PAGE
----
Political negotiations may not possibly solve all socio-economic problems that had caused Nepal to face the decade-long armed conflict. The fear that the country may relapse into armed conflict has been motivation for the private sector to engage in peace. Further motives behind an engagement of business actors were a moral obligation to the society where they operate and also the need to make the overall context peaceful to prosper their own businesses. There are several other reasons for which corporate sector engages/can engage in conflict transformation (Kanagaretnam and Brown 2005; Mills and Fan 2006). First, this sector is very much vulnerable to frequent shocks leading to immediate downturns. Second, conflict generally leads to huge income gaps, massive youth unemployment, unending social exclusion and continuous political instability that force corporate actors to engage in transforming the conflict context. In Nepal, it was made sure through a quota system that business actors are represented in the Constituent Assembly (CA) that was responsible for the shaping of a new constitution. The inclusion of business people might have advantages for both sides. On the one hand, the view of business people on a new socio-economic vision of the country is crucial. On the other, businesspeople might be able to influence the constitution in a way that is favourable for them.
In Nepal, inclusion of business actors has advantages and disadvantages both. On the one hand, their closeness to the elite enables them to directly influence decision-makers at the top level. On the other, the relationship of business people with their own workers through unions is at the core of some of the uprisings in Nepal and that are also derailing the pro-peace engagement of corporate sector.
In this paper, engagements of business actors in Nepal are analysed from five different angles: political, economic, philanthropic, humanitarian and social engagement. Most of the non-commercial engagement of corporations is either in forms of religious donations or philanthropy. Hence, such investments have not been sector-specific. The corporations give donations mostly according to where they think appropriate. By this, on one hand, priorities are misplaced. On the other, the impacts of such activities are not profound because of being unplanned, disconnected and scattered on different issues. Hence, enriching peace-sensitive engagement of corporate sector seems a must.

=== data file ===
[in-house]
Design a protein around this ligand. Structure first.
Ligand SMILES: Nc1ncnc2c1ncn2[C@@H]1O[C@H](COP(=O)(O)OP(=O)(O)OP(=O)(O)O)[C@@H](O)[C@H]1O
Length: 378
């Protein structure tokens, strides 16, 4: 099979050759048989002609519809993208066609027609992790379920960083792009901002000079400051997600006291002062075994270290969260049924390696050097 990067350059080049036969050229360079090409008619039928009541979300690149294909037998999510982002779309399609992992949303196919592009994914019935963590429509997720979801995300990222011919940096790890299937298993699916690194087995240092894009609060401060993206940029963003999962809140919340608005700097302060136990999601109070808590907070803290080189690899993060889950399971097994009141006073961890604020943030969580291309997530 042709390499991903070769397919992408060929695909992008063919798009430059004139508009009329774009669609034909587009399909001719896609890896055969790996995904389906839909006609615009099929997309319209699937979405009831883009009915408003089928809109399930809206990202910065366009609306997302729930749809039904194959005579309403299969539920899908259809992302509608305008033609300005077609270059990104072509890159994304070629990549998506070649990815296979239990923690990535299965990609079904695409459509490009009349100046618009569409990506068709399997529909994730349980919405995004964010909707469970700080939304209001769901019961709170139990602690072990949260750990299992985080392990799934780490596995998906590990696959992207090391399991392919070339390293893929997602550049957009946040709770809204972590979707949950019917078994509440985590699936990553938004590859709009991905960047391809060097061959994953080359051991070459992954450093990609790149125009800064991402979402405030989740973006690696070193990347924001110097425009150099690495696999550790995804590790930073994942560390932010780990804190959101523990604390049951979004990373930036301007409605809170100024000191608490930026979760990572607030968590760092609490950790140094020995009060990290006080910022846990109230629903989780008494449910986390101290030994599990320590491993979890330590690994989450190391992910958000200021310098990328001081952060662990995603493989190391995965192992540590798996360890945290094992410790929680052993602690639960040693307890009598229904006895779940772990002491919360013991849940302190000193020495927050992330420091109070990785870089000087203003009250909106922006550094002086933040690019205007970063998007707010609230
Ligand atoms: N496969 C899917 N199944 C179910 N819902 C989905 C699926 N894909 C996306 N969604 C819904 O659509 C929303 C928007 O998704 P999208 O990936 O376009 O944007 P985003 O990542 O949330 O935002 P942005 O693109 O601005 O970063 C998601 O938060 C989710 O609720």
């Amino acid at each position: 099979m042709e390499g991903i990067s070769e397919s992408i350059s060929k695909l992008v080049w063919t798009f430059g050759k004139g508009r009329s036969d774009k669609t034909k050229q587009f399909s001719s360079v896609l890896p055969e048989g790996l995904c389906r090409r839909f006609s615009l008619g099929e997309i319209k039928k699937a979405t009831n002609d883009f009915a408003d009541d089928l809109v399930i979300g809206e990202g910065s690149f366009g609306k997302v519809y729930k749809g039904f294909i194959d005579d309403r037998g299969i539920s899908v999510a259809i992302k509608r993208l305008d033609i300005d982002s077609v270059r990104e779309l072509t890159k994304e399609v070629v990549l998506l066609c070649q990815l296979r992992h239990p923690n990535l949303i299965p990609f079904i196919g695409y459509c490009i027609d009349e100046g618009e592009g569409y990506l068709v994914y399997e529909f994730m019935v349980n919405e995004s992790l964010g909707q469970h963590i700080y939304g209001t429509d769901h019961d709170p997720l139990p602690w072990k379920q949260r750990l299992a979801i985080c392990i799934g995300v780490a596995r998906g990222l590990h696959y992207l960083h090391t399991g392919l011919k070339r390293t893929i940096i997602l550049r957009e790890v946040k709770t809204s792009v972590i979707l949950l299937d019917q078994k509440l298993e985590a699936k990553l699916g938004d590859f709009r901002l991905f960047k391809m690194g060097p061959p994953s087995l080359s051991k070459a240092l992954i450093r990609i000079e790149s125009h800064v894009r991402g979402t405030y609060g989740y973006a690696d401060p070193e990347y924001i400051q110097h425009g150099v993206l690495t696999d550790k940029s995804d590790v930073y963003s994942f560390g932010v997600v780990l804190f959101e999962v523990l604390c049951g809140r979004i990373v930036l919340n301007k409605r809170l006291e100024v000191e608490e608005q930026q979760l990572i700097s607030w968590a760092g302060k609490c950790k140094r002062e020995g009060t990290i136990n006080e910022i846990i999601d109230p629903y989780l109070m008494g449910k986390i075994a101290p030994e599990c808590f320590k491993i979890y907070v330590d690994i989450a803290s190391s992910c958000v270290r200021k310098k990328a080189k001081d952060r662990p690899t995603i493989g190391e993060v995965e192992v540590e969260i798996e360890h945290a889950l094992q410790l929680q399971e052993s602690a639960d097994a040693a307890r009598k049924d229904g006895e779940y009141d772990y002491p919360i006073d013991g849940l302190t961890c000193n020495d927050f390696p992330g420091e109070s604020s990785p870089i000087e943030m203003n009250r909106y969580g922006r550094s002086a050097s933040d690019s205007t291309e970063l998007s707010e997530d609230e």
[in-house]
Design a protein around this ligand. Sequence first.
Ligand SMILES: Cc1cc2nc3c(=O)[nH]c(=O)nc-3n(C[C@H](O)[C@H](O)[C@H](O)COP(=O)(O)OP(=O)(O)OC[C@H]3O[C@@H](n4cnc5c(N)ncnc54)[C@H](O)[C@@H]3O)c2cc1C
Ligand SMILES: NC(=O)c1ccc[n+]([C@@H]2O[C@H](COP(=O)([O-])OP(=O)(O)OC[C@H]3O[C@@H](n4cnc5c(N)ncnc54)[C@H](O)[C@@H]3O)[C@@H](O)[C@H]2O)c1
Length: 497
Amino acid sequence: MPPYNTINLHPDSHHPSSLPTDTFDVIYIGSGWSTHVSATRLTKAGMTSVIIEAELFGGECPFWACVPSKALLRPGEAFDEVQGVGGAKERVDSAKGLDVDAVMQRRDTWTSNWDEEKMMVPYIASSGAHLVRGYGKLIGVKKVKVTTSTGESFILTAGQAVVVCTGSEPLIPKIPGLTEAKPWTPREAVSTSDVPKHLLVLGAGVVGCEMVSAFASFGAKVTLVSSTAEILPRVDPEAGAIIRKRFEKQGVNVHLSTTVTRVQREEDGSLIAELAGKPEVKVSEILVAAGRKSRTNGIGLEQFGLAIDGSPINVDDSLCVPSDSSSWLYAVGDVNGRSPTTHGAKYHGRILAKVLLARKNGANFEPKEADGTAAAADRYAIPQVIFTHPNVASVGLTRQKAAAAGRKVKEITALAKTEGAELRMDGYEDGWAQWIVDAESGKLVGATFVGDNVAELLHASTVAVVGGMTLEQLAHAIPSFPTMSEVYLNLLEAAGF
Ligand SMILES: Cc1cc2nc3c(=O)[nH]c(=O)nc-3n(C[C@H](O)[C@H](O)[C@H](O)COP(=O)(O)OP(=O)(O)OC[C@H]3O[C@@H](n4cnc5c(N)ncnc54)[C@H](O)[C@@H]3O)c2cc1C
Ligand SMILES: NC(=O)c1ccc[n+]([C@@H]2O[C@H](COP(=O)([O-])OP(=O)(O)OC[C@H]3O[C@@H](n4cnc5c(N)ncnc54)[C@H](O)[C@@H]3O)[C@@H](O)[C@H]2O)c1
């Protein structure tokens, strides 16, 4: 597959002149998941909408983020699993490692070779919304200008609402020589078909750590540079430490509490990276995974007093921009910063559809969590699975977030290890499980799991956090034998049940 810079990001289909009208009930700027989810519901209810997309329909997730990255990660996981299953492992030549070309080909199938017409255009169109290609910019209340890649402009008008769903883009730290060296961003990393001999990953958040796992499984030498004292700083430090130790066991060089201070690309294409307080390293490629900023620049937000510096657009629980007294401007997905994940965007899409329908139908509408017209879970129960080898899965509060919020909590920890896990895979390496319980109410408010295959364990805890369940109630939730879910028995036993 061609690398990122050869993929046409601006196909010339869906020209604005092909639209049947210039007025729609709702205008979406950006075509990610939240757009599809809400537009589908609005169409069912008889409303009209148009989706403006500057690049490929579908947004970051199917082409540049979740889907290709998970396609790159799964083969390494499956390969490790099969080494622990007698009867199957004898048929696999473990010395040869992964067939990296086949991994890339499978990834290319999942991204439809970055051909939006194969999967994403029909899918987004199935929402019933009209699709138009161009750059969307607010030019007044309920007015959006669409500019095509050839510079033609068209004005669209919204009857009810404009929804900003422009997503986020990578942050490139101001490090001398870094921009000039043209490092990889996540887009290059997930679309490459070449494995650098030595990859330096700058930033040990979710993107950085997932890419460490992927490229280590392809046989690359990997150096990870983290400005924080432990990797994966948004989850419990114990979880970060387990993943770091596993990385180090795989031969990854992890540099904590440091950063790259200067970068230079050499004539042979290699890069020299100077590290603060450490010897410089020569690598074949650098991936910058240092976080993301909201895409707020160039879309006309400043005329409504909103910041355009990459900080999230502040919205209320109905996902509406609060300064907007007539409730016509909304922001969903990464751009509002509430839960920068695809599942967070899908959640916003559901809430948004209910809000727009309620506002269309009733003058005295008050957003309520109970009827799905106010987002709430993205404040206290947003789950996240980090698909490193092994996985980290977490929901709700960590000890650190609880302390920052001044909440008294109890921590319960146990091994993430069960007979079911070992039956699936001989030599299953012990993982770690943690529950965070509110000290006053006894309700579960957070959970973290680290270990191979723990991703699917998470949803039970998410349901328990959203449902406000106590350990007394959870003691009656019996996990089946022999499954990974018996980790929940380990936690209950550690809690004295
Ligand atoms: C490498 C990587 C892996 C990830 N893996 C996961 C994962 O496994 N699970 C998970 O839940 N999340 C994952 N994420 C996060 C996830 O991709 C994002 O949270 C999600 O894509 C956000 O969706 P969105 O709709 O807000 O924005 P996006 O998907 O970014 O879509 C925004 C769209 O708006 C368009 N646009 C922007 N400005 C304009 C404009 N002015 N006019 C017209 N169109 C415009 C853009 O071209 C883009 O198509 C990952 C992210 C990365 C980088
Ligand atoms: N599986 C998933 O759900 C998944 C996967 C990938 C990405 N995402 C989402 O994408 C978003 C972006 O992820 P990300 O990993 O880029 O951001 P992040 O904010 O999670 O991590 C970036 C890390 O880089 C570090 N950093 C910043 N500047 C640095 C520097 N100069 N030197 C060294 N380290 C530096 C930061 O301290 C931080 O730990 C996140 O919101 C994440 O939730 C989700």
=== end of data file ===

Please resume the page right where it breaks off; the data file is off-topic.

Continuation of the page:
The experience in Nepal shows that in a conflict environment, a focus on philanthropic activities is not enough. Rather, activities are needed that take into account the political aim of personal, relational, structural and cultural shifts. So, the social, political, economic, philanthropic and humanitarian engagements of the corporate sector need to aim at transforming the actors of the conflict. Such actors include business personnel, union leaders, political actors and business associations.
Corporate engagement for conflict transformation in Nepal is still insufficient to address socio-economic causes of conflicts. Still, many businesspeople think that massive production and economic burgeoning alone help transform the existing conflicts. But only economic growth and increase in production does not lead to peace and prosperity. It requires judicious distribution of benefits and resources as well the positive shift in the mode of production. For this to happen, corporate sector should go beyond its gate to join hands with the society in conflict matters. There is a need for proper identification of the conflicting issues where corporate sector can engage as a transformer. More to it, taking into mind the root causes of conflict while working for transformation is a must in conflict contexts.
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[Since it's a charity research, the authors are happy to make the publication publicly available free-of-cost. The full-text document will be made downloadable via official website of the NCCR North-South after some weeks. In the interim, this Discussion Paper can be downloaded here.]